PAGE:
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Rats Rule, Right?

So, you’re developing a drug candidate. You’ve settled on what looks like a good compound – it has the activity you want in your mouse model of the disease, it’s not too hard to make, and it’s not toxic. Everything looks fine. Except. . .one slight problem. Although the compound has good blood levels in the mouse and in the dog, in rats it’s terrible. For some reason, it just doesn’t get up there. Probably some foul metabolic pathway peculiar to rats (whose innards are adapted, after all, for dealing with every kind of garbage that comes along). So, is this a problem?
Well, yes, unfortunately it is. Rats are the most beloved animal of most toxicologists, you see. (Take a look at the tables in this survey, and note how highly the category “rodent toxicology” always places). More compounds have gone through rat tox than any other species, so there’s a large body of experience out there. And the toxicologists just hate to go without it. Now, a lot of compounds have been in mice, for sure, but they just aren’t enough of a replacement. The two rodent species don’t line up as well as you’d think. And there’s no other small animal with the relevency and track record of the noble rat. (People outside the field are sometimes surprised to learn that guinea pigs aren’t even close – they get used in cardiovascular work, but that’s about it).
So if your compound is a loser in the rat, you have a problem. You can pitch to go straight into larger animals, but that’s going to be a harder sell without rat data. If your project is a hot one, with lots of expectations, you’ll probably tiptoe into dog tox. But if it’s a borderline one, having the rats drop out on you can kill the whole thing off. They use up a lot of compound compared to the mouse, they’re more likely to bite your hand, and they’re an order of magnitude less sightly. But respect the rat nonetheless.

32 comments on “Rats Rule, Right?”

  1. Denni says:

    [QUOTE]Probably some foul metabolic pathway peculiar to rats (whose innards are adapted, after all, for dealing with every kind of garbage that comes along).[/QUOTE]
    Not so dissimilar to humans, then 😉
    Sorry to hear about your latst stumbling block, though.

  2. Coracle says:

    So what’s the most esoteric organism people have come across in pre-clinical tests? Are there some really odd ones out there?

  3. NJBiologist says:

    Derek–a minor point, but a C57BL6 mouse is at least an order of magnitude more likely to bite than a Sprague-Dawley rat. Of course this is strain-dependent, but generally, rats are much more manageable than mice.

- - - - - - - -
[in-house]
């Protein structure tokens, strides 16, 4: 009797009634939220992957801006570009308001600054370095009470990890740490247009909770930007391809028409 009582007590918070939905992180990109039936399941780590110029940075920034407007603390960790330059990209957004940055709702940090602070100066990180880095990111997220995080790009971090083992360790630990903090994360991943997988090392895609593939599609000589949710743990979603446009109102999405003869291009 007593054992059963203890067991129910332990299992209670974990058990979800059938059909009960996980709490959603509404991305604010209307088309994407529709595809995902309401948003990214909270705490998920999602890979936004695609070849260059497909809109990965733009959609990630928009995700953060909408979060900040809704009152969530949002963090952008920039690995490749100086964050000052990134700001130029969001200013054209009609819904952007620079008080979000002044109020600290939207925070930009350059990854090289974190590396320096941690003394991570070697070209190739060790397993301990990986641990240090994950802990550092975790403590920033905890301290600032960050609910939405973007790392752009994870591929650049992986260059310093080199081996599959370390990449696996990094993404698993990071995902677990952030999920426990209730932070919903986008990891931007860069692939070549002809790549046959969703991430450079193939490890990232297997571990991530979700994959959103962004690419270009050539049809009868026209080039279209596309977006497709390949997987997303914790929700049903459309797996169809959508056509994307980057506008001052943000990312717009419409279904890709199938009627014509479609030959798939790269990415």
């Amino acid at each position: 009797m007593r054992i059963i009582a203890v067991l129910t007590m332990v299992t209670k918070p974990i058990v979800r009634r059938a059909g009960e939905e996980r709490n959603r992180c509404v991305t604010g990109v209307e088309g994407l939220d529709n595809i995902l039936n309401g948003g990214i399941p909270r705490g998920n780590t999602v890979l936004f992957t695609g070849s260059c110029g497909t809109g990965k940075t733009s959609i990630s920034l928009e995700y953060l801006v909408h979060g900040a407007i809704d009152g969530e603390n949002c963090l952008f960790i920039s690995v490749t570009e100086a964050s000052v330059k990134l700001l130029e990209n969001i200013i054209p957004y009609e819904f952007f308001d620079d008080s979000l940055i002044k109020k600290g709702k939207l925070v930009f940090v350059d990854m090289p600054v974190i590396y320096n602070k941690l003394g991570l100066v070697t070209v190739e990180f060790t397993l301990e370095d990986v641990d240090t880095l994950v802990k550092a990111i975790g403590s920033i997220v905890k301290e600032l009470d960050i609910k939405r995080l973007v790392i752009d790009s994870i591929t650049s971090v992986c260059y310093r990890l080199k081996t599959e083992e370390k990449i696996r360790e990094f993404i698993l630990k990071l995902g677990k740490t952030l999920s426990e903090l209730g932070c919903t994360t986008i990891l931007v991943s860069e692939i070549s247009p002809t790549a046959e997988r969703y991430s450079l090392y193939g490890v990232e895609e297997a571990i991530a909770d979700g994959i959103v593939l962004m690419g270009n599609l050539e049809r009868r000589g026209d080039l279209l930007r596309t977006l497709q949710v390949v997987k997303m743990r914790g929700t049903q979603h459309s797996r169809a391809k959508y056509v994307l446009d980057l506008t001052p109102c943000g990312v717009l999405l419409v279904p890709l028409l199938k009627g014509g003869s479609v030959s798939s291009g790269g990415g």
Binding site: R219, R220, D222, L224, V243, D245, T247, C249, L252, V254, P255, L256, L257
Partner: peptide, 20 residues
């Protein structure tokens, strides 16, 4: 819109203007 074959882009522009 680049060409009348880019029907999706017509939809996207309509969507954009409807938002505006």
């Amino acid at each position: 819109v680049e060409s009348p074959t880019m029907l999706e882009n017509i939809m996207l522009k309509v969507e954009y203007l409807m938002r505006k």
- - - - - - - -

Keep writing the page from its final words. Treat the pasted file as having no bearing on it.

And no, I don’t agree that they’re less sightly.
    Insult my friends, will you….

  4. Derek Lowe says:

    NJB, I’ll definitely take your word for it, but I’ve heard complaints in the opposite direction. Could be the strain dependence, though.
    As for the aesthetics, de gustibus non disputandum est. Perhaps I’m still reacting to the aged rats we tried out in an old Alzheimer’s project, who were ugly customers indeed.

  5. JSinger says:

    Of course this is strain-dependent, but generally, rats are much more manageable than mice.

    That’s my experience also, and what I think is the conventional wisdom. I’m still terrified of them, though.

  6. But why is this? What’s so special about rats exactly that tox studies with them become especially important compared to others?

  7. Cryptic Ned says:

    So what’s the most esoteric organism people have come across in pre-clinical tests? Are there some really odd ones out there?
    I don’t know if this is really an esoteric animal, but it’s one that you wouldn’t initially associate with science. Check out this paper (or several others relating to hepatitis B vaccines/antivirals).
    If that link didn’t work, it’s
    Bryant et al (2001), Antiviral L-Nucleosides Specific for Hepatitis B Virus Infection. Antimicrobial Agents and Chemotherapy 45: 229-235.

  8. Cryptic Ned says:

    The other model for hepatitis B virus, of course, is the duck.

  9. Wyatt Yankus says:

    The American Council on Science and Health put out a report on the blockage of pharmaceuticals on the sole basis of causing cancer in rats: “America’s War on ‘Carcinogens’: Reassessing The Use of Animal Tests to Predict Human Cancer Risk”
    You should check it out:
    http://www.acsh.org/publications/pubID.990/pub_detail.asp

  10. Derek Lowe says:

    Ashutosh, I think that rats may have just gotten there first. They’re widely available and easy to breed, and they can be easier to dose with compounds than mice are. (i.v. dosing of mice is a real challenge, for example).
    The weirdest animal I know of is the ferret, used for some PDE assays. I believe that there is a “vomiting ferret” model, which I think I’ll have to write up in the “Things I’m Glad I Don’t Do” section sometime.

  11. Dave H says: